Open Access Senior Thesis
Bachelor of Arts
Feminist, Gender, and Sexuality Studies
T. Kim-Trang Tran
© 2017 Evelyn M. Gonzalez
The current models for health care hold at their core a pathologization of fat bodies informed by discriminatory methods and ideologies leading to an explicit lack of quality medical care for those who fail to meet normative standards of health and size. This project is interested in examining alternative public health models that provide interventions into those systems. Specifically, this work will seek to understand how the grassroots movement, Health at Every Size (HAES), serves to interrupt current limited understandings of health and weight. HAES individualized, weight-neutral approach to health and wellness exists in seeming opposition to contemporary ideas around healthcare practices. In studying this alternative model, conventional ideas of health care towards fat patients will be understood to be informed primarily by discriminatory structural and ideological practices. In addition, by highlighting the healthcare industries’ investment in the medical industrial complex, this project aims to deconstruct and critique notions of health while increasing access to care that is informed by the realities of bodily difference. In addition, this thesis will argue for zines as important health information dissemination tools by first mapping and complicating its history, expanding on zines as an artistic and politicized medium, and finally emphasizing its capacity to communicate through alternative knowledges and distribution networks.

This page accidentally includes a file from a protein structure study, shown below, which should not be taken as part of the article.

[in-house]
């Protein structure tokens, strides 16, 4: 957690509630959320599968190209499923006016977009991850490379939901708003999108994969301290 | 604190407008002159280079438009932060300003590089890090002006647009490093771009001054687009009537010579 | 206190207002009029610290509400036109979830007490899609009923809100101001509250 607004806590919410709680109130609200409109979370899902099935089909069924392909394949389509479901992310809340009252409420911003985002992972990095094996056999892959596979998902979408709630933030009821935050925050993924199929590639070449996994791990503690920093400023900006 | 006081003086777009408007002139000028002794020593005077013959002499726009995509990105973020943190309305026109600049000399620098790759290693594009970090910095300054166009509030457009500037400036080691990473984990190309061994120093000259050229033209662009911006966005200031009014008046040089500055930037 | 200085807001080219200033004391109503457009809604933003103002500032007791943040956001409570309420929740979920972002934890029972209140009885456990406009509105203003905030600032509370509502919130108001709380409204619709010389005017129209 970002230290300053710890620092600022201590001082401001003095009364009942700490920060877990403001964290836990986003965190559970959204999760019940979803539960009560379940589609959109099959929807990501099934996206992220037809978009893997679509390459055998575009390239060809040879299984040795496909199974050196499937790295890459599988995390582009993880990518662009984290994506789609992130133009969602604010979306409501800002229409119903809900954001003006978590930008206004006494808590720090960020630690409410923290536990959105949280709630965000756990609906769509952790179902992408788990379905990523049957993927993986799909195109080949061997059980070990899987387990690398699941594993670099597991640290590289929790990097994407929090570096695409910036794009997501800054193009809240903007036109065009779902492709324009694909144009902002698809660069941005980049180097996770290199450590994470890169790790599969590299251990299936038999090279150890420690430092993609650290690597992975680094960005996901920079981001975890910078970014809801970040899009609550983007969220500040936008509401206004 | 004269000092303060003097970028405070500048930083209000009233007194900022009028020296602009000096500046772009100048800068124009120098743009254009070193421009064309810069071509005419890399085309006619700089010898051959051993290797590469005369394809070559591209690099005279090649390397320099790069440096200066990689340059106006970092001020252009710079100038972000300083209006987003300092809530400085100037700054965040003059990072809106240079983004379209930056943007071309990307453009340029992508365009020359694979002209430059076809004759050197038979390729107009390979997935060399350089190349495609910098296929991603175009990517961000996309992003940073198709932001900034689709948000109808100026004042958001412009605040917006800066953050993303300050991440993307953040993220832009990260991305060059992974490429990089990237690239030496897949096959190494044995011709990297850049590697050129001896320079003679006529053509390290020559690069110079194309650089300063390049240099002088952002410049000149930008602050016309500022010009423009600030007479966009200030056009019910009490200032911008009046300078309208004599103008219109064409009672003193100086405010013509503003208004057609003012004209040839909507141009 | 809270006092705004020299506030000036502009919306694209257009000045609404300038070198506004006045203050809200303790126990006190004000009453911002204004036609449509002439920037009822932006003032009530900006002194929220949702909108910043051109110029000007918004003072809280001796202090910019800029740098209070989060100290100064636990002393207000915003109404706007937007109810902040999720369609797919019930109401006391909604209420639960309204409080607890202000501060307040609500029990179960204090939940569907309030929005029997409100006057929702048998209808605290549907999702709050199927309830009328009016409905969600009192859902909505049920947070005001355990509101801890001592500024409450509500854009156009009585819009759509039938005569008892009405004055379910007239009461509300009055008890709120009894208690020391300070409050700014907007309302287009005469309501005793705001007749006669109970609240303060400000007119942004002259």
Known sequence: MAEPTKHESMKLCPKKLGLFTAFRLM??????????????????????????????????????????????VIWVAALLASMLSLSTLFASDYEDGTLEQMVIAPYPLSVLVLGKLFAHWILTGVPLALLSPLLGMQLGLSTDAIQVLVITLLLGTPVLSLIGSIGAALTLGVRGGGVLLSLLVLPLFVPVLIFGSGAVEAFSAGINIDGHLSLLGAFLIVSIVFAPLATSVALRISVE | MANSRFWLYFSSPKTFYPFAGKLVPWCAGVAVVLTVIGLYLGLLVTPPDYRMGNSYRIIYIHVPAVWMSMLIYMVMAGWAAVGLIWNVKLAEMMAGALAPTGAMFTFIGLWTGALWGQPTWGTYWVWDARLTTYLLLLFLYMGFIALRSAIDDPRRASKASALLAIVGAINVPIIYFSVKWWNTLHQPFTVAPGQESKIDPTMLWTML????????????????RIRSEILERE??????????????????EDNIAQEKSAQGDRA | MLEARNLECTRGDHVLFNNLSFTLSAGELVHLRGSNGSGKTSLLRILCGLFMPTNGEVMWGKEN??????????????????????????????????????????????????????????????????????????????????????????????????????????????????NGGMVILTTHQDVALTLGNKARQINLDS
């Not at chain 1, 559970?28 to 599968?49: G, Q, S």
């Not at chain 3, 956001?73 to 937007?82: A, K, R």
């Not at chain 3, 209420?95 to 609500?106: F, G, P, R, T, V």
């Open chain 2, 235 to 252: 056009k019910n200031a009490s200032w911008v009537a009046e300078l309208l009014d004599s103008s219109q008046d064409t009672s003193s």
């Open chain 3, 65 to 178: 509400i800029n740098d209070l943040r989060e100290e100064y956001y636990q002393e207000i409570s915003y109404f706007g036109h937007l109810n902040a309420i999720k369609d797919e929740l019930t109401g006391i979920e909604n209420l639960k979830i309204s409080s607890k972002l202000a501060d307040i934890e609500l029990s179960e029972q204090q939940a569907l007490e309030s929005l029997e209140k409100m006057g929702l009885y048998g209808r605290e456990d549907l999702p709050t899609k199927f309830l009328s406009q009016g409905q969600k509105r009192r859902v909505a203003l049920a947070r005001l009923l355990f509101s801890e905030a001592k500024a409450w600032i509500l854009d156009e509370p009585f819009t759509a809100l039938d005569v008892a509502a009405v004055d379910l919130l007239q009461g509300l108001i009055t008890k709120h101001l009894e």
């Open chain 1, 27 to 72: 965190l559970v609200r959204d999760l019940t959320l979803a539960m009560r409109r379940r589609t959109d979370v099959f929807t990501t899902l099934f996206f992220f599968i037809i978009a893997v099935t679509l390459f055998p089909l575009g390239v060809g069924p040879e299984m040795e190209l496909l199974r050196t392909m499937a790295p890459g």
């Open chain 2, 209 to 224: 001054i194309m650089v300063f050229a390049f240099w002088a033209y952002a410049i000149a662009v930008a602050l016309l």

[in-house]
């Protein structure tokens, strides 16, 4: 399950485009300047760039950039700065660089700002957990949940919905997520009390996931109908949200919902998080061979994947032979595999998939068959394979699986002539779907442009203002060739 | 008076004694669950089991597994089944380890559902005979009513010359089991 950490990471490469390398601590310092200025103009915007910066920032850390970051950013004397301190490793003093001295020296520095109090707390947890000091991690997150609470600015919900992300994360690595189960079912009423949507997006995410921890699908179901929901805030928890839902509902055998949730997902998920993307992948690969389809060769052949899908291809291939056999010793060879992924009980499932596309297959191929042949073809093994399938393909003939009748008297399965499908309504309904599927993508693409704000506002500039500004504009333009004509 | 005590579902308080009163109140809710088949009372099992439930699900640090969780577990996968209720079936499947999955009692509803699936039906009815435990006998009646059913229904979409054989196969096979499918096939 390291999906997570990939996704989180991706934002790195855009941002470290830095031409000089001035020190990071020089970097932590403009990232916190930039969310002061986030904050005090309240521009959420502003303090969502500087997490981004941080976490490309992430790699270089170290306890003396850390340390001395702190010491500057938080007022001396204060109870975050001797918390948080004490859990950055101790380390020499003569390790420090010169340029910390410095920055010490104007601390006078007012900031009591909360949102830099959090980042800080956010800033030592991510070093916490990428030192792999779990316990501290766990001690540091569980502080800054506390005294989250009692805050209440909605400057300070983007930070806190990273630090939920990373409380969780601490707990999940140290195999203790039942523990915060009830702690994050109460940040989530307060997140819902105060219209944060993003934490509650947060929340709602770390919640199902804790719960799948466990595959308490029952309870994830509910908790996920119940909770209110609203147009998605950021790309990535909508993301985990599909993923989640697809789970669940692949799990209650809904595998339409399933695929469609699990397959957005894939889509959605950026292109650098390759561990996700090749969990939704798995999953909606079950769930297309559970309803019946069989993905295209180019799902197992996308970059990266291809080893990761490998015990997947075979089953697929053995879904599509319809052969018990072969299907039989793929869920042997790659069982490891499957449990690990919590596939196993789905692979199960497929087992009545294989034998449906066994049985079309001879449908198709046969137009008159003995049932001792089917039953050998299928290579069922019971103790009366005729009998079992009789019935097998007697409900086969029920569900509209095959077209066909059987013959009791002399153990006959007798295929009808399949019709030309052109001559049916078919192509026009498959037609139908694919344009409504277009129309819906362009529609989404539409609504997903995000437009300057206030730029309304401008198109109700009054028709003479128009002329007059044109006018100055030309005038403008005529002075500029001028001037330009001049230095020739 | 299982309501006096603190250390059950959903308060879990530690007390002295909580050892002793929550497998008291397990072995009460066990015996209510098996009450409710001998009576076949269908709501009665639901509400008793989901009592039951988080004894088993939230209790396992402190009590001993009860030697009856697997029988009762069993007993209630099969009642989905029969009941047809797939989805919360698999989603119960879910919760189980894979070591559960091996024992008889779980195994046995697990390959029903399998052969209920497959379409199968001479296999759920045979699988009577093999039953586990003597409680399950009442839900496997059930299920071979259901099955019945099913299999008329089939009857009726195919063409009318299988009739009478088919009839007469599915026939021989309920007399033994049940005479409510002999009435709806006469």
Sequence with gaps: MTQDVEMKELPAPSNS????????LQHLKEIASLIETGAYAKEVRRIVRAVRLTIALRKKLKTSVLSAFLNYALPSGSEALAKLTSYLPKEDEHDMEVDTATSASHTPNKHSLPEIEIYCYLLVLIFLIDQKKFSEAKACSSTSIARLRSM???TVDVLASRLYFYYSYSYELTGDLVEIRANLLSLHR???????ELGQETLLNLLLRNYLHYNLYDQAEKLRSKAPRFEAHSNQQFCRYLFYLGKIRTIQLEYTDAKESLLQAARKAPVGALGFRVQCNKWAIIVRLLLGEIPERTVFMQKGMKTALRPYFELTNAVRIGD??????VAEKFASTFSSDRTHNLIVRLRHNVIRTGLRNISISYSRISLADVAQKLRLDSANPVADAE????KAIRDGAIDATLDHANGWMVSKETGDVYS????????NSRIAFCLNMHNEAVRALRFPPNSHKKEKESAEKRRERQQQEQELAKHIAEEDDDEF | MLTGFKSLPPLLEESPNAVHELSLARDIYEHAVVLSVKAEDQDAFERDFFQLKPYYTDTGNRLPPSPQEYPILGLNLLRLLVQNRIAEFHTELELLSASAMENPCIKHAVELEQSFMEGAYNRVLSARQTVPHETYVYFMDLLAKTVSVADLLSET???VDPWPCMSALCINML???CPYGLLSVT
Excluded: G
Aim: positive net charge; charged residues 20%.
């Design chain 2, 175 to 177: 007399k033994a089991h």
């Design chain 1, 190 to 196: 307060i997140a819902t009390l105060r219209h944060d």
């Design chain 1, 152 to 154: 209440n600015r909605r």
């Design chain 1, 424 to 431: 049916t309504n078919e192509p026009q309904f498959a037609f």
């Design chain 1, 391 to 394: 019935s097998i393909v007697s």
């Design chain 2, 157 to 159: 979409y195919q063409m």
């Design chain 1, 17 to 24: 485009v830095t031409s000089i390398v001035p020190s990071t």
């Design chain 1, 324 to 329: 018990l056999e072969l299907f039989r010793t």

Gonzalez, Evelyn, "Why Weight? Zines as Effective Health Communication Tools Against Fat Phobia" (2018). Scripps Senior Theses. 1088.